U.S. Immigration and Customs Enforcement (ICE) agents arrested more than 680 immigrants in the past week as part of a nationwide enforcement surge targeting people with criminal histories, according to a press release from Department of Homeland Security Secretary John Kelly on Monday.
Kelly said in his press release that “approximately 75 percent were criminal aliens, convicted of crimes including, but not limited to, homicide, aggravated sexual abuse, sexual assault of a minor, lewd and lascivious acts with a child, indecent liberties with a minor, drug trafficking, battery, assault, DUI and weapons charges.”
The ICE agency has described the nationwide operations as “routine, daily, targeted operations” targeting “public safety threats” like criminal immigrants, gang members, and people who have been previously deported.
But immigration activists say this week’s raids aren’t limited to safety threats — they have also targeted people who have changed their lives around and contributed to their communities, as well as people without proper documentation who have been swept up in “collateral” arrests but have not committed any other crimes. In one case, the ICE agency charged one immigrant as a “gang member” because of old speeding tickets and tattoos.
Enforcement operations took place simultaneously across 11 states, including California, North Carolina, South Carolina, New York, Virginia, Illinois, Kansas, Indiana, Wisconsin, Kentucky, and Missouri.
Western region ICE officials said that 161 immigrants were detained in the Los Angeles area across six counties. Other agents arrested 40 people in the New York City area, according to an ICE fact sheet. And more than 200 immigrants were arrested in Illinois, Indiana, Wisconsin, Kentucky, Kansas, and Missouri, an unnamed ICE spokesperson told ThinkProgress.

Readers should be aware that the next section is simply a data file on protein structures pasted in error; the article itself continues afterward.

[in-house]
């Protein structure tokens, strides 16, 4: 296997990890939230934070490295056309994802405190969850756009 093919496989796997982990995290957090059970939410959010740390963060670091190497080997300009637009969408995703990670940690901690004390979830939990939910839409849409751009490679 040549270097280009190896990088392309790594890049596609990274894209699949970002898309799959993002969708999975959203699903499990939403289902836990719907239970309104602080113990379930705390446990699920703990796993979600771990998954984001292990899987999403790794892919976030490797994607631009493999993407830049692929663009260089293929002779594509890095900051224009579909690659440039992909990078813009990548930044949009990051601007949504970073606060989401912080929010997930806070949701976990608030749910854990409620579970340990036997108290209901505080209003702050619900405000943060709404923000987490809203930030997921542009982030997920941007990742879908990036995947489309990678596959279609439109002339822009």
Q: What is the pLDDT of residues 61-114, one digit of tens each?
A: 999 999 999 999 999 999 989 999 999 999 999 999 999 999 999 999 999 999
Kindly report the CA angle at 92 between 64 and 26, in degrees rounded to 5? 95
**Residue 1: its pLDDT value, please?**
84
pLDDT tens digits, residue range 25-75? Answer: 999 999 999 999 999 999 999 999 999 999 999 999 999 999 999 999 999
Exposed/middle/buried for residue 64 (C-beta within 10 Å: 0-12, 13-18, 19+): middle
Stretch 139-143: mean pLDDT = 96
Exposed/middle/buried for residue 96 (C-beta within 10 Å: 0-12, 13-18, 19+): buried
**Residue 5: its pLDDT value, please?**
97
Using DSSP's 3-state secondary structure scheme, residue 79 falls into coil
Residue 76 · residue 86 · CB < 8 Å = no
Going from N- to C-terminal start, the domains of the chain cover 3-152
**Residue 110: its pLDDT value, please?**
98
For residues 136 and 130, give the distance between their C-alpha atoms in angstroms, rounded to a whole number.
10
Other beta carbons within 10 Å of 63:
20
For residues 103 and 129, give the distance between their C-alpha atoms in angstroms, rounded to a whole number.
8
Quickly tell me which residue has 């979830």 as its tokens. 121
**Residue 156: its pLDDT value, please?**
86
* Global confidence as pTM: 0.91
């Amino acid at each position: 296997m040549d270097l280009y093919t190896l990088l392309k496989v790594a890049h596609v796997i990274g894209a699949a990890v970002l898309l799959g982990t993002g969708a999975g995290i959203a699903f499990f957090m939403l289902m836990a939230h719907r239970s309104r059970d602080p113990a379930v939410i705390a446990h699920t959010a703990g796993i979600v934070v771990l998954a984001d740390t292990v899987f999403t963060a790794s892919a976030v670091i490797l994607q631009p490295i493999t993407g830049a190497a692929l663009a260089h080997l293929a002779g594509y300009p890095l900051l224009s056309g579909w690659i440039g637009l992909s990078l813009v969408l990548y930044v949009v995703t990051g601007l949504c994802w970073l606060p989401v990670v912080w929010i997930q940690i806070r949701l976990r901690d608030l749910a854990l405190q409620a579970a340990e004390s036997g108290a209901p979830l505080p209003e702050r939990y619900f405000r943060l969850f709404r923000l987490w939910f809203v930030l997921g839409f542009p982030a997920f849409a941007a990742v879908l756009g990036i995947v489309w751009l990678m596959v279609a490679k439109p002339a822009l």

Although an ICE spokesperson told ThinkProgress via email that the enforcement operation concluded on Friday, there’s some evidence the raids continued through the weekend. A source driving on Interstate 66 near Centreville, Virginia told ThinkProgress that he had seen seven cop cars stopping a van with a group of Latino men as late as Saturday afternoon.
Trump was quick to take credit for the crackdown.
The crackdown on illegal criminals is merely the keeping of my campaign promise. Gang members, drug dealers & others are being removed!
— Donald J. Trump (@realDonaldTrump) February 12, 2017
The ICE agency, on the other hand, says the recent sweeps were not a direct result of President Donald Trump’s policies.
David Marin, ICE’s director of Enforcement and Removal Operations in Los Angeles, said on a press call Friday night that last week’s enforcement operation was in the works before Trump took office. He emphasized that the operations were “normal” and “on par” with other raids carried out two to three times a year in the name of public safety. The New York Times also reported that the New York operation was “part of a national action that was planned several weeks ago.”
Immigration sweeps were routine under President Barack Obama, who earned the title “deporter-in-chief” from activists who criticized his decision to carry out millions of deportations throughout his two terms in office.
But activists worry that this particularly large sweep, conducted just a few weeks after Trump took office, is a sign of how aggressive the president will be toward undocumented immigrants throughout the country.
Trump’s recent executive orders on immigration policy broadened the spectrum of crimes that can be punished by deportation, sparking concern among immigrants, advocates, and city officials who worry that more people will be rounded up even if they don’t have serious criminal histories. One of Trump’s first deportations, for example, was an undocumented mother of two U.S. citizen children who had lived in the country for more than two decades. And Los Angeles-based ICE officials said that five immigrants without criminal records were detained this past week because of their undocumented status.
Trump’s orders also deputize local law enforcement immigration officials to detain immigrants suspected of being in the country illegally and hold them for possible deportation proceedings on behalf of the federal government.
The piece has been updated to include new statistics released by the Department of Homeland Security agency showing that the ICE agency detained more than 680 people, rather than the original 600 figure.